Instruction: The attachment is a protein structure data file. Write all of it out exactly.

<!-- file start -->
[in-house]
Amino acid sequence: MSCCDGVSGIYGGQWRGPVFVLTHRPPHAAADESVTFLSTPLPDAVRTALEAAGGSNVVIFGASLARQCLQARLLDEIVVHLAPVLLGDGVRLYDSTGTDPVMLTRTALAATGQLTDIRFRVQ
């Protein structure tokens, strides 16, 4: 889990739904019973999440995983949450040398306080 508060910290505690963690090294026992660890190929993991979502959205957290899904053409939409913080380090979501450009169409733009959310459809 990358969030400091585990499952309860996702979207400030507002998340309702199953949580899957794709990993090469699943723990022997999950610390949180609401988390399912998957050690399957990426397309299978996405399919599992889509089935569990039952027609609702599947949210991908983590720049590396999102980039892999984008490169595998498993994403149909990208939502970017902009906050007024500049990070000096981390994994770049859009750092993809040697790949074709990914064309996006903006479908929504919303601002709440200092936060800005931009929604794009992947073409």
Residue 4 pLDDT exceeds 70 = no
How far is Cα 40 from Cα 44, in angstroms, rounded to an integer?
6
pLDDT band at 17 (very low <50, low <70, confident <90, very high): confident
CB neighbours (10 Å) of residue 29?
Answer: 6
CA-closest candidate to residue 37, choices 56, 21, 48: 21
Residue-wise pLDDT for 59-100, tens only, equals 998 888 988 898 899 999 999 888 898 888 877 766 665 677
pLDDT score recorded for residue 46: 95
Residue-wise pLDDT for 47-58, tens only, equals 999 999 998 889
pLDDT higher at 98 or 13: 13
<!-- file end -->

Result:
[in-house]
Amino acid sequence: MSCCDGVSGIYGGQWRGPVFVLTHRPPHAAADESVTFLSTPLPDAVRTALEAAGGSNVVIFGASLARQCLQARLLDEIVVHLAPVLLGDGVRLYDSTGTDPVMLTRTALAATGQLTDIRFRVQ
């Protein structure tokens, strides 16, 4: 889990739904019973999440995983949450040398306080 508060910290505690963690090294026992660890190929993991979502959205957290899904053409939409913080380090979501450009169409733009959310459809 990358969030400091585990499952309860996702979207400030507002998340309702199953949580899957794709990993090469699943723990022997999950610390949180609401988390399912998957050690399957990426397309299978996405399919599992889509089935569990039952027609609702599947949210991908983590720049590396999102980039892999984008490169595998498993994403149909990208939502970017902009906050007024500049990070000096981390994994770049859009750092993809040697790949074709990914064309996006903006479908929504919303601002709440200092936060800005931009929604794009992947073409």
Residue 4 pLDDT exceeds 70 = no
How far is Cα 40 from Cα 44, in angstroms, rounded to an integer?
6
pLDDT band at 17 (very low <50, low <70, confident <90, very high): confident
CB neighbours (10 Å) of residue 29?
Answer: 6
CA-closest candidate to residue 37, choices 56, 21, 48: 21
Residue-wise pLDDT for 59-100, tens only, equals 998 888 988 898 899 999 999 888 898 888 877 766 665 677
pLDDT score recorded for residue 46: 95
Residue-wise pLDDT for 47-58, tens only, equals 999 999 998 889
pLDDT higher at 98 or 13: 13